The webinar-based funnel: a suggested webinar marketing strategy

illustration of two people standing in front of computer screen
via WebinarNinja

First, there’s not a single “right” way to use webinars as part of your marketing strategy (there are lots of wrong ways, but that’s another post).

Different users adapt webinars to their strengths, preferences, and audiences. But consider the following to be a solid outline for getting started. Then, modify it as you like.

Step 1: Live open Q&A webinar

This is the easiest way to host your first webinar.

Don’t worry about putting together a presentation or agonizing over the topic. Just host a live “AMA” (Ask Me Anything) webinar and promote it through your usual content marketing channels.

This is your audience’s chance to chat with an expert in [whatever you’re an expert in], asking whatever they want. Very enticing!

It’s a great introduction to your audience, a great way to get your first webinar under your belt, and a great way to gather data on what your next webinars should focus on.

Email follow up: Invitations to your next automated and live webinar workshops.

Step 2: Lead-generating automated webinar

As described above, create a helpful lesson on some aspect of your target audience’s pain points, and package it into an automated webinar.

The beauty of automated webinars is that you can make them perfect, since you’re able to edit. So put the effort in: create some cool multimedia. Include a little content bonus (a downloadable infographic, for example), shoot multiple takes until you get the right ones, and otherwise take the time to get it right—because you’re going to reach the widest possible audience.

Make the webinar “On Demand,” ie. let registrants watch it whenever they want.

This will ensure maximum registration and attendance, because it’s completely at the audience’s convenience. Include polls and questions in order to gather data about how you can best help registrants. Use that data to inform topics for future webinars.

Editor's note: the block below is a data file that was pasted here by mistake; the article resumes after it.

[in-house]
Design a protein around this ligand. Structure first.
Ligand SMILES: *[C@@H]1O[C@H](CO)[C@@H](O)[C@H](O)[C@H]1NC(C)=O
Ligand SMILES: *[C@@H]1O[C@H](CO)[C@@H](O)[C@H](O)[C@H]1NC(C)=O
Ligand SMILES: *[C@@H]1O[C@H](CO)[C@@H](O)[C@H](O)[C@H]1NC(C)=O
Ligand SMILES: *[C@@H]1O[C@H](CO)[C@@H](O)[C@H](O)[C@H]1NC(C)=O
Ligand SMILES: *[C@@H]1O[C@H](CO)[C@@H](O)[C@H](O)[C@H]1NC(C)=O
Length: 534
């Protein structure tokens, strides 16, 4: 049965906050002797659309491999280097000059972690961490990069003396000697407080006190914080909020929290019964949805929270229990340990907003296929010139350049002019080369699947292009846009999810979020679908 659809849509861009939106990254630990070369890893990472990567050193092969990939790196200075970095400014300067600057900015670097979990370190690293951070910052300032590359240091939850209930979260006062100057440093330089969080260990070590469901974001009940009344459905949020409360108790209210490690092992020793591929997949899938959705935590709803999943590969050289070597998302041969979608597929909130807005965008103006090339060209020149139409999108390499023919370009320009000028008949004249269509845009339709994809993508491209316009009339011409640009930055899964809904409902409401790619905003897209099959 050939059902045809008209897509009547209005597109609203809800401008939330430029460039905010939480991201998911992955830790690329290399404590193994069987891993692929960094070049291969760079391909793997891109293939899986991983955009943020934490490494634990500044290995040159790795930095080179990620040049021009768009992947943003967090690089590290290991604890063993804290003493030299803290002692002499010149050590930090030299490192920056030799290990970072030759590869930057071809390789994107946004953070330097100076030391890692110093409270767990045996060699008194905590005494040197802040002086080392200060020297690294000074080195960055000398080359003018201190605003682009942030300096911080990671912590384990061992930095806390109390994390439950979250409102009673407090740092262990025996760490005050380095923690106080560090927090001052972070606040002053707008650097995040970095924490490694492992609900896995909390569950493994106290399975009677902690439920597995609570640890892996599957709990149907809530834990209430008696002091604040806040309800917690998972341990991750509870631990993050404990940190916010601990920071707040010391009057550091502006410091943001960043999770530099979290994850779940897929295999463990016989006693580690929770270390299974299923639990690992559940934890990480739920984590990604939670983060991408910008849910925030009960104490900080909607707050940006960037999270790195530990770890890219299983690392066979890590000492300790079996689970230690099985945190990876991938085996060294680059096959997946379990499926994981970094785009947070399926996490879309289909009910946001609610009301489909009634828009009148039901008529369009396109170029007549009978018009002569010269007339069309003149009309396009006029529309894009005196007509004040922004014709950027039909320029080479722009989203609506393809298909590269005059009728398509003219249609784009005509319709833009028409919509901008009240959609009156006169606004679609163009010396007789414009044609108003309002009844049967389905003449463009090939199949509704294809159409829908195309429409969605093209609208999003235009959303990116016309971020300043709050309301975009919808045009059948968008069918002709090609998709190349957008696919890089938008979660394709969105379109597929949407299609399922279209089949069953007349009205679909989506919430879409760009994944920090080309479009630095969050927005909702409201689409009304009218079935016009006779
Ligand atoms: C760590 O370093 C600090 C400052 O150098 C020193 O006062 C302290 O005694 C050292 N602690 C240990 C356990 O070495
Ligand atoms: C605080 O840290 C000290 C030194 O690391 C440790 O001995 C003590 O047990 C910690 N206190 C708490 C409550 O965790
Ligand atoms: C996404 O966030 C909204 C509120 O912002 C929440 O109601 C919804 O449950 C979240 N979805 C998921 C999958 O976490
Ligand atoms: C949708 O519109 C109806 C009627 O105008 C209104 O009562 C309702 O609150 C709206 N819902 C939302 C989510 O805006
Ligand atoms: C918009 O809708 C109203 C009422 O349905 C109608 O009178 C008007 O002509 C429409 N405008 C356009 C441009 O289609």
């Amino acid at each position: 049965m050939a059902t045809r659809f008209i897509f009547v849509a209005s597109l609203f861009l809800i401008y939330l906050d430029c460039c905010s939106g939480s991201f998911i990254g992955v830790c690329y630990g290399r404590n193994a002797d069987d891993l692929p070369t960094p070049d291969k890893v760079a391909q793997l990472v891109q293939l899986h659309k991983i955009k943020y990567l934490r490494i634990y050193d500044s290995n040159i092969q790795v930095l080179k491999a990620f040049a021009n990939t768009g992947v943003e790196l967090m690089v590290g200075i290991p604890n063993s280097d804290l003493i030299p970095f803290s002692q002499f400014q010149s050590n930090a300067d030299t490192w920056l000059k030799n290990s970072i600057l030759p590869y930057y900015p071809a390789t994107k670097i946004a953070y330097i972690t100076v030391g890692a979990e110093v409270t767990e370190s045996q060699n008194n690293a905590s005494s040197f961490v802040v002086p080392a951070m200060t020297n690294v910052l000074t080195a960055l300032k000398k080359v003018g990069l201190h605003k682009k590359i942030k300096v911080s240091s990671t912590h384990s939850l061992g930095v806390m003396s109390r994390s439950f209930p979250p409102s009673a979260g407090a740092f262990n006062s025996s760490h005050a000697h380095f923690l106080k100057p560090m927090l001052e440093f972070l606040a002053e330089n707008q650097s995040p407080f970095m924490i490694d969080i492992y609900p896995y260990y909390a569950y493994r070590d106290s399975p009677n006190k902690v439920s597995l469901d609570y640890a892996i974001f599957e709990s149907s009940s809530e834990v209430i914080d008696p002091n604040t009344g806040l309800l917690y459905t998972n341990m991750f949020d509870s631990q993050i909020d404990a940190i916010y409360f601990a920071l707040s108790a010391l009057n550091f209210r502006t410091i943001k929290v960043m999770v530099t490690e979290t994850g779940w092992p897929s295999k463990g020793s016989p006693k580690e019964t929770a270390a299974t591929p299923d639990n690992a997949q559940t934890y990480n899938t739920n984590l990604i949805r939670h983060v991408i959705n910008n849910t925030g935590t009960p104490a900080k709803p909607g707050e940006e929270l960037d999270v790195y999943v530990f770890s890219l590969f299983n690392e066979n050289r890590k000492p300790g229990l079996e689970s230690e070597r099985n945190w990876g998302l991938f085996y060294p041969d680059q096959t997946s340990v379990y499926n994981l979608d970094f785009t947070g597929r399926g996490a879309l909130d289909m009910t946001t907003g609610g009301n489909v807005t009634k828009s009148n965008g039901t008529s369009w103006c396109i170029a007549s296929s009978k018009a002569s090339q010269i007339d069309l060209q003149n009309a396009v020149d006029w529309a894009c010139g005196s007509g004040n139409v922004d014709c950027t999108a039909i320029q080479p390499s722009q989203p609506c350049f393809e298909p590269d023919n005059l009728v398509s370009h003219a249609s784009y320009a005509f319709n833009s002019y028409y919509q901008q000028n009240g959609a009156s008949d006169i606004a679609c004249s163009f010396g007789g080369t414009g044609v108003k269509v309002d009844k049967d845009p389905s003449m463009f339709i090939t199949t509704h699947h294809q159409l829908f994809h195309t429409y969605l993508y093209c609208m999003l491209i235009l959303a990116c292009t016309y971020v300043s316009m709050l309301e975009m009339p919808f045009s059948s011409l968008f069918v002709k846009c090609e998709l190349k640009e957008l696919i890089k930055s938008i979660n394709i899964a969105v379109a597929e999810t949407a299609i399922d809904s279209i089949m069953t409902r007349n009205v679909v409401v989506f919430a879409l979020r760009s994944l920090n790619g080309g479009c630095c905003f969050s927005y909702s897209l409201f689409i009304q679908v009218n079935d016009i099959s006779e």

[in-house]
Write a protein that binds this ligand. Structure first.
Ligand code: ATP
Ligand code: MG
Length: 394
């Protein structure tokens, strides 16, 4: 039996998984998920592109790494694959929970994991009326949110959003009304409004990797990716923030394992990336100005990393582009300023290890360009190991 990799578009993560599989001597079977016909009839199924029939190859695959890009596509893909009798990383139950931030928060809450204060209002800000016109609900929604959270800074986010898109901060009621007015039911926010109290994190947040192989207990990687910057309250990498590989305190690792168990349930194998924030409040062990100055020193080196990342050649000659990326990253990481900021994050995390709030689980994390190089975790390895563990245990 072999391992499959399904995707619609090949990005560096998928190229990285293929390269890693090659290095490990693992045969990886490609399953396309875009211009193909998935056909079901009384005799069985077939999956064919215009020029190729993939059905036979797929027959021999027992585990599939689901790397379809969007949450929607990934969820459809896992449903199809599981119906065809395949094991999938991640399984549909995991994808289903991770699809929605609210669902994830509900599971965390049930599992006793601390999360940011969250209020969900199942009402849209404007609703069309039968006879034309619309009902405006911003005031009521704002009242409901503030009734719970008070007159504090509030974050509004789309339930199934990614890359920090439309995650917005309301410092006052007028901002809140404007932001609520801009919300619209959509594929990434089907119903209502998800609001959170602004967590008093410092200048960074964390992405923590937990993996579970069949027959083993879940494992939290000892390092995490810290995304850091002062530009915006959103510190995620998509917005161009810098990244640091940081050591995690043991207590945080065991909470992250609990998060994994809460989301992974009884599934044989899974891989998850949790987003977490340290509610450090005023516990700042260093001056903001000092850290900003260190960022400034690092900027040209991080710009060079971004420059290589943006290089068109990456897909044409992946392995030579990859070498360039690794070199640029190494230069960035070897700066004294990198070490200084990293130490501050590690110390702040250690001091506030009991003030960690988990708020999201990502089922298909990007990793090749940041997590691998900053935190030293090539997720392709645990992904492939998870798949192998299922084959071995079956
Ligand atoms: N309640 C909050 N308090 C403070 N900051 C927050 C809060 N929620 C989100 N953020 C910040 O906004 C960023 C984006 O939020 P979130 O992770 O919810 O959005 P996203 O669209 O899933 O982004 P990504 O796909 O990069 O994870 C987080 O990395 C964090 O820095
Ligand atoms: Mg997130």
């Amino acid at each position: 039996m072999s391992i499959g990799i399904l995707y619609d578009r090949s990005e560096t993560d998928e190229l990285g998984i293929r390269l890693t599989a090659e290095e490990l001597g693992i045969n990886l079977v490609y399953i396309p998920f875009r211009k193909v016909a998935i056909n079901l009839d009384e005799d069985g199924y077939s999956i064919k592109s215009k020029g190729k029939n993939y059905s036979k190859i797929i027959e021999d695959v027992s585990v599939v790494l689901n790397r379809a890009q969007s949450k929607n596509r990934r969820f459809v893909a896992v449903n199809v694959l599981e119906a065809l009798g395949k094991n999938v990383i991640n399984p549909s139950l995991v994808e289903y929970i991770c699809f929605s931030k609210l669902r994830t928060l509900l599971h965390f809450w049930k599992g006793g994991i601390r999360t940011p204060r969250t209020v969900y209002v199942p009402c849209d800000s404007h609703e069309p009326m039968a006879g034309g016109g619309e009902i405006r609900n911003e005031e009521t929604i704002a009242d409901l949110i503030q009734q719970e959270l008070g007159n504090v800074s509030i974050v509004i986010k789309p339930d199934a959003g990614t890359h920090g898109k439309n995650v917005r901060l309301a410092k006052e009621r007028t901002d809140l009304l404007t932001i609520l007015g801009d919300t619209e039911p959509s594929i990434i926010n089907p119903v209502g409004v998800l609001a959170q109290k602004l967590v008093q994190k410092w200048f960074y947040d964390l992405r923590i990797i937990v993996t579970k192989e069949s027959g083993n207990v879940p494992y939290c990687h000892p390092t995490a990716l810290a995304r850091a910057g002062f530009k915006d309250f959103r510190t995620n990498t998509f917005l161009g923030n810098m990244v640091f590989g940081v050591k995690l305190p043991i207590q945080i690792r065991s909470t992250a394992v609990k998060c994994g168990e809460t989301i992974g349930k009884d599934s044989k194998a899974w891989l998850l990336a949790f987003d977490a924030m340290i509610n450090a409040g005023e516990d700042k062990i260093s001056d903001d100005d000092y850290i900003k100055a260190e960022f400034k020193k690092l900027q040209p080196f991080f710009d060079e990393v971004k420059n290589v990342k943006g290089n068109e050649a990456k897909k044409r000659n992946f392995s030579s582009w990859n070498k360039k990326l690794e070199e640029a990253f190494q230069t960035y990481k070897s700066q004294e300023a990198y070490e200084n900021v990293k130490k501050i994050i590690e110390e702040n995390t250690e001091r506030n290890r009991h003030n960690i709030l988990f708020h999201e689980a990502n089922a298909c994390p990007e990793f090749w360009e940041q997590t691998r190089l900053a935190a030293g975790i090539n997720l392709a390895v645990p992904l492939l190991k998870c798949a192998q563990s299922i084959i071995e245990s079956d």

Include a Call to Action in this webinar to register for your next live webinar.

Email follow up: Reiterate the invitation to your upcoming live event, for those who didn’t sign up.

Step 3: Live educational webinar workshops

Host regular live webinars, where you teach yet another valuable lesson, only more in-depth and (crucially) with live audience interaction. Decide the topic based on everything you’ve learned about your audience from the automated and Q&A webinars. Include time for Q&A here as well.

Include a sales offer (remember to announce that in the beginning). Say hello to your new customers.

Email follow up: Reiterate your sales offer for non-buyers.

Step 4: Client-only live webinar

Host regular live “onboarding” webinars where you teach your new customers how to get the most out of your product or service. This is key to stabilizing your business, spreading the word of mouth that drives growth, and creating long-term revenue that’s reliable for years to come.

This part is overlooked way too often. In fact, we’ll dig further into this later in the post.

Optional: Paid webinars

If your lesson itself is the product, there’s always the option of paid webinars.

Most often, these lessons are much more in-depth and longer than your average 60 to 90 minute webinar. So we recommend breaking it up into a series. In essence, a series webinar is much like a course, comprehensive and detailed enough to be worth paying for.

Post-acquisition webinars